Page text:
Man abused mentally-ill partner and ‘extended his control’ to care professionals – judge

A man who abused and exploited his mentally-ill partner “extended his control” to professionals involved in her care, a judge has said.

Mr Justice Hayden said the man had allowed the woman, now 60, to eat only “salad and one potato” a day, made her say prayers at “quite extraordinary length”, and barred her from wearing underwear.

He said the man, who lived in the woman’s home for about four and a half years, had also written the “script” as to what she should tell doctors and carers.

The judge has raised concern after analysing the woman’s case at a hearing in the Court of Protection, where issues relating to people who lack the mental capacity to make decisions for themselves are heard.

He had been asked to make decisions relating to her future care.

Mr Justice Hayden said, in a ruling on the case published online, that the man’s relationship with the woman was a “paradigm of domestic abuse” and wondered how it had been allowed to continue as long as it did.

He has not identified anyone involved in the case, including the council with welfare responsibility for the woman, in his ruling.

The judge, who also hears cases in the Family Division of the High Court and is based at the Royal Courts of Justice in London, said the woman had left home, gone into hospital, and was now living at a specialist unit in Kent.

He said the woman had been “emaciated” when she left home but was now “physically very much restored”.

“It is important to say that even the most cursory analysis of the extensive evidence available points clearly to this relationship as being abusive, exploitative, coercive,” said Mr Justice Hayden.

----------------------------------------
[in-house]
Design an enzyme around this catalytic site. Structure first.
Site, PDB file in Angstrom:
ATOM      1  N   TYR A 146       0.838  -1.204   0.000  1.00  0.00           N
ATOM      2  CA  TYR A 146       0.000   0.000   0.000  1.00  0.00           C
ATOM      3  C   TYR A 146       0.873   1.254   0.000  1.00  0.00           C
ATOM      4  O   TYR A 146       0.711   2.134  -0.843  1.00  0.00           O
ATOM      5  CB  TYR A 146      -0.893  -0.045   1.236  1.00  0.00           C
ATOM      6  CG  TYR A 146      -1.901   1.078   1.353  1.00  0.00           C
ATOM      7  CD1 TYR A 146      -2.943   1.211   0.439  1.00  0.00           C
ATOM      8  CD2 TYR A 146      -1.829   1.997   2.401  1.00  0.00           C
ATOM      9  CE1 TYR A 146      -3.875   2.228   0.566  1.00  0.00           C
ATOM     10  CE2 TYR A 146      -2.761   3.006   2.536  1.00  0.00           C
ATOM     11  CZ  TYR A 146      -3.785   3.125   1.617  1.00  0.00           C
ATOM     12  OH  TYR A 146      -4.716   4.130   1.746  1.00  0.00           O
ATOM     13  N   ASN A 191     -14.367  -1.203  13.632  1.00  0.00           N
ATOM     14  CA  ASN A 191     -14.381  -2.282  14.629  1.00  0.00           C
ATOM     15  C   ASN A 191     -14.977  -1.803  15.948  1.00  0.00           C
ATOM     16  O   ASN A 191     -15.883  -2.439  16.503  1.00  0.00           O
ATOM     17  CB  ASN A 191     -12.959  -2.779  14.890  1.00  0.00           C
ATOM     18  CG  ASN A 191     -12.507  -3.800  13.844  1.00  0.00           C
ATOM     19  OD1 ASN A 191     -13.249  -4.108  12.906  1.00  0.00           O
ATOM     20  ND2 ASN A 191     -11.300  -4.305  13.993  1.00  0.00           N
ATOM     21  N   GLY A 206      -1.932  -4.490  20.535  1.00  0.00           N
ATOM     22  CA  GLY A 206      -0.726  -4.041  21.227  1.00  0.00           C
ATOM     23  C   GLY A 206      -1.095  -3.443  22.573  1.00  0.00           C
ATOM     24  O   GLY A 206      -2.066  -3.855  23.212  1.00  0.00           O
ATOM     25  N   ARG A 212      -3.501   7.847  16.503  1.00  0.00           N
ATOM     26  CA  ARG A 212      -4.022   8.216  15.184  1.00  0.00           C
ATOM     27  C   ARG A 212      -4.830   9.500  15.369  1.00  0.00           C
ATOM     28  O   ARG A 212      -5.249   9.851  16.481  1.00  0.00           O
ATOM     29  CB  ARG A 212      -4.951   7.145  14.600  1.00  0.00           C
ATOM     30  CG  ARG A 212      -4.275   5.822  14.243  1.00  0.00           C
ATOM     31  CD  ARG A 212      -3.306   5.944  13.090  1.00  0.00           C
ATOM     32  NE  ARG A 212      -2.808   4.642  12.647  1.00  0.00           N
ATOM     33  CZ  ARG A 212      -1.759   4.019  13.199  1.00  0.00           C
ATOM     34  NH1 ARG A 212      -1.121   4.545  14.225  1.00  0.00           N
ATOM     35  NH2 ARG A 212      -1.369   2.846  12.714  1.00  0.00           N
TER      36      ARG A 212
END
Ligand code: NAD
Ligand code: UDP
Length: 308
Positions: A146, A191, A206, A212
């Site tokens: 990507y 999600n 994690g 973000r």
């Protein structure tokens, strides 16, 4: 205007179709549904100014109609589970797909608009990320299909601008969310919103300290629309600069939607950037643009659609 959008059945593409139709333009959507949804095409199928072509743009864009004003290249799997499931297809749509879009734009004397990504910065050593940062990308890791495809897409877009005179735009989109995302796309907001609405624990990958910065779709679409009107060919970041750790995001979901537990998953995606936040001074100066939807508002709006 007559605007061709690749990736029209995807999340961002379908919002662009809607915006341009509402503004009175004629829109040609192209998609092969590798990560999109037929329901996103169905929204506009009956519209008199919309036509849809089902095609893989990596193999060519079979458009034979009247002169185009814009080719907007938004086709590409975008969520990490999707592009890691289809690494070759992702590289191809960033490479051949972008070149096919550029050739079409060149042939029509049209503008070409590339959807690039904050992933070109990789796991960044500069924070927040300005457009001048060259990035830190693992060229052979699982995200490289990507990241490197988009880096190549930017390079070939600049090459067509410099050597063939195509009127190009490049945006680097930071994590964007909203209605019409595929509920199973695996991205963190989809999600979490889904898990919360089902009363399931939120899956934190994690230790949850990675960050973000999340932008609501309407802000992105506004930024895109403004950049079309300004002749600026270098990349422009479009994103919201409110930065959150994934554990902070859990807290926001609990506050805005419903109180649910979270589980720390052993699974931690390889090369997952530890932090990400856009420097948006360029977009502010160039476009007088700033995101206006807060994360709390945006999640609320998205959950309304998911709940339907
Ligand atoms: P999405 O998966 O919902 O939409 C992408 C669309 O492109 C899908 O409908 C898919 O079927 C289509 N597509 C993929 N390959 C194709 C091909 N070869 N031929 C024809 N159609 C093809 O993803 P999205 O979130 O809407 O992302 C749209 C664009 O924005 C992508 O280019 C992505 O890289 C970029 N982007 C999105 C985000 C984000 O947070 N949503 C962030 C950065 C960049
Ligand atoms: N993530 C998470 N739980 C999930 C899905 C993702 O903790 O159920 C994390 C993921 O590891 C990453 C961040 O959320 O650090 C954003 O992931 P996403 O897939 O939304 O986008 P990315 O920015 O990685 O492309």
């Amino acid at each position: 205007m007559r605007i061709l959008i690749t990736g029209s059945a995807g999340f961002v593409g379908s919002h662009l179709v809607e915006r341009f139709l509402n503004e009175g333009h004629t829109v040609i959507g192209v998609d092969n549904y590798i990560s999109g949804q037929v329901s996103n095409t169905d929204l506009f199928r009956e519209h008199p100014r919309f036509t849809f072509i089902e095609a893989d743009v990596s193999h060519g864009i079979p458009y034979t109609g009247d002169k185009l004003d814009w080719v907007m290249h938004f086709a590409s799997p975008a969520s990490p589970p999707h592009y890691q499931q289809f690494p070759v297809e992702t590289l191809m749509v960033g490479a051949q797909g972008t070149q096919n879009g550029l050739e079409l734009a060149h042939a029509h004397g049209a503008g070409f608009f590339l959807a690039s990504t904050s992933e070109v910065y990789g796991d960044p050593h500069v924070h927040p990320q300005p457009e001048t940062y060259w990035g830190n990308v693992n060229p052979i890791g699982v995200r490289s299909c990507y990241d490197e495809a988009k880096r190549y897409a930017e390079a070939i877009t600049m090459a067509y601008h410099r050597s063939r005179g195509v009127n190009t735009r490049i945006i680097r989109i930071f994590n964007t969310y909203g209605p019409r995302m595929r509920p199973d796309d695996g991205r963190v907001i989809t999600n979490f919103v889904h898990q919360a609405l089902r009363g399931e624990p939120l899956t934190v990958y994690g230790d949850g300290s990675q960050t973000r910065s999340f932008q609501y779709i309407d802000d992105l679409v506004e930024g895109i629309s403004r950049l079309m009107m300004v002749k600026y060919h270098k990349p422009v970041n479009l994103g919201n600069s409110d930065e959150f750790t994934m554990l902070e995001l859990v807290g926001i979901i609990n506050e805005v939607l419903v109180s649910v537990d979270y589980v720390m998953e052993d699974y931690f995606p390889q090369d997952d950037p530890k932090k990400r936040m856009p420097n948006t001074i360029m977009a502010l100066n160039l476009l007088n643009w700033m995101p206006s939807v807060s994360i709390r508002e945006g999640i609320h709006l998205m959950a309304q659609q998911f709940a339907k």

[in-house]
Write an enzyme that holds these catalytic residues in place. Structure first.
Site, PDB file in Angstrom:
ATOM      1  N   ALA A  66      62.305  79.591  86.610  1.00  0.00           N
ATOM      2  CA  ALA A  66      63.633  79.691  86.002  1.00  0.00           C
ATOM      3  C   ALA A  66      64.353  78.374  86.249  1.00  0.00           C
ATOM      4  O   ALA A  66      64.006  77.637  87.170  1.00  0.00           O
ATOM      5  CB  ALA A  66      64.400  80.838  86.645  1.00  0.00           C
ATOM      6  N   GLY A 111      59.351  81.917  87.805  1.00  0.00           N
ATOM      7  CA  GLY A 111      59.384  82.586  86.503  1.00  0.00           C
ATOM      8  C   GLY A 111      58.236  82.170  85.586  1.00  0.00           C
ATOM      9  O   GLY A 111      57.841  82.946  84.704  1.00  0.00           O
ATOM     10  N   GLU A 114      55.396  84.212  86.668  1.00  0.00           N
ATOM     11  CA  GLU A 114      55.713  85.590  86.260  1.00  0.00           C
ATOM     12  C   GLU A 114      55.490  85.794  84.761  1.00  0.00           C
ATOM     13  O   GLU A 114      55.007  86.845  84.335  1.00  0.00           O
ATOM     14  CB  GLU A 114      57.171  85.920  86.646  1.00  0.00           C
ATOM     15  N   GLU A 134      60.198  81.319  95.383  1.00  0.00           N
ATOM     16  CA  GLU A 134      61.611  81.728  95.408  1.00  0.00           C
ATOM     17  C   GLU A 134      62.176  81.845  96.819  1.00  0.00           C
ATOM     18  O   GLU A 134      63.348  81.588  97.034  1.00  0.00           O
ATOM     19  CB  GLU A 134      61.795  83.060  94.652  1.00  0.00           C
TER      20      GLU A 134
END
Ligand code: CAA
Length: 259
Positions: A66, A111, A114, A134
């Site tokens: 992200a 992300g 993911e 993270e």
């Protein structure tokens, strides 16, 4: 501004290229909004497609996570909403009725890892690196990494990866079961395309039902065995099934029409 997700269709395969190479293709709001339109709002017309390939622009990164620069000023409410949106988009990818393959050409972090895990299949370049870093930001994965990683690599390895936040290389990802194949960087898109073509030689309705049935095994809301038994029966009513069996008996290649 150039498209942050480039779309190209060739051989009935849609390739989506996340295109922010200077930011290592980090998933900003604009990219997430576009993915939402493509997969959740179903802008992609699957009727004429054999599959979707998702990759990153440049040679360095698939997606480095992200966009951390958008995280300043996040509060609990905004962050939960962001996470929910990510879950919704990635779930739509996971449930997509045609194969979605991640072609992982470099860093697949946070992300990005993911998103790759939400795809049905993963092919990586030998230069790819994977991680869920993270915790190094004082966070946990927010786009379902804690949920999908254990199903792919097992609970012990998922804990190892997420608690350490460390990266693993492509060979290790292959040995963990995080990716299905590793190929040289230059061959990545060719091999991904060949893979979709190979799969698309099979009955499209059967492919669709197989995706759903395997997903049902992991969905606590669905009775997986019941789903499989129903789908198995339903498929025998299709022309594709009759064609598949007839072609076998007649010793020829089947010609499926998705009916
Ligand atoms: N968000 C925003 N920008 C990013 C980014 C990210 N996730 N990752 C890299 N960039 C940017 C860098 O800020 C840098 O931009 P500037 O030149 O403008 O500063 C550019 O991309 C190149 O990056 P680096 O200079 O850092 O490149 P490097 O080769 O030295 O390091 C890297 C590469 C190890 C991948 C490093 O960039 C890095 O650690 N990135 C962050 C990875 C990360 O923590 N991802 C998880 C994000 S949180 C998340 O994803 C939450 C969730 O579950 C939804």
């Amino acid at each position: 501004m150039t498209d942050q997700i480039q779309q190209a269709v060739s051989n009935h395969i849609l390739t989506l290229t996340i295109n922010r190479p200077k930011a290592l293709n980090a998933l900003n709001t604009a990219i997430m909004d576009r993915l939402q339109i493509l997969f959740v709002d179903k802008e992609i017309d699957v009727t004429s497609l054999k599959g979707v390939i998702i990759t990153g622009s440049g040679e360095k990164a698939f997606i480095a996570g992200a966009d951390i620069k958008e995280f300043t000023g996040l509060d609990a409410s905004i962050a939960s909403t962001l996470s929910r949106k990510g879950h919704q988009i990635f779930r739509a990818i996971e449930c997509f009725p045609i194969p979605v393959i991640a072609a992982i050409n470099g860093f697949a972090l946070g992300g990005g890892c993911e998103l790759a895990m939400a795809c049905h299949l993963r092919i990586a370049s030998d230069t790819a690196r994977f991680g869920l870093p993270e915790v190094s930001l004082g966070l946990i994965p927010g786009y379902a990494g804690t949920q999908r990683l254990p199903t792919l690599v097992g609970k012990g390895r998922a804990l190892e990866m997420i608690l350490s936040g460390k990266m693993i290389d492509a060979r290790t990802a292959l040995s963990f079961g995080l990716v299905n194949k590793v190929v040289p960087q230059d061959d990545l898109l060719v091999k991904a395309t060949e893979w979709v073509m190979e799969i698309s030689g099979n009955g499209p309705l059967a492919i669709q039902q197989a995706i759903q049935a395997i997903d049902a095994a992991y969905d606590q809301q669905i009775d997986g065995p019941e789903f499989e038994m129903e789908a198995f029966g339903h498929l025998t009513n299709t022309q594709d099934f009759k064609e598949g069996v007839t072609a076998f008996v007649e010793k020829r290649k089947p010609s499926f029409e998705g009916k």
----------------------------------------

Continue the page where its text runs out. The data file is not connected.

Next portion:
“As I have read the papers and heard the evidence, I have wondered how this has been permitted to continue for as long as it has.”

The judge added; “As the years have gone by it is apparent that (he) has extended his control to the professionals involved in (her) care.

“He writes the ‘script’ as to what she should tell the doctors and the carers.”

He said the case highlighted the “insidious nature” of controlling and coercive behaviour and the “extreme vulnerability” of people with mental health difficulties.

“Though the conduct I have described … appears obvious and extreme, individual instances of behaviour, observed in isolation, do not always signal to the professionals the malevolent undercurrent beneath,” he said.

“Controlling and coercive behaviour of this kind requires an effective assessment of a pattern of behaviour, the impact of which is cumulative.”

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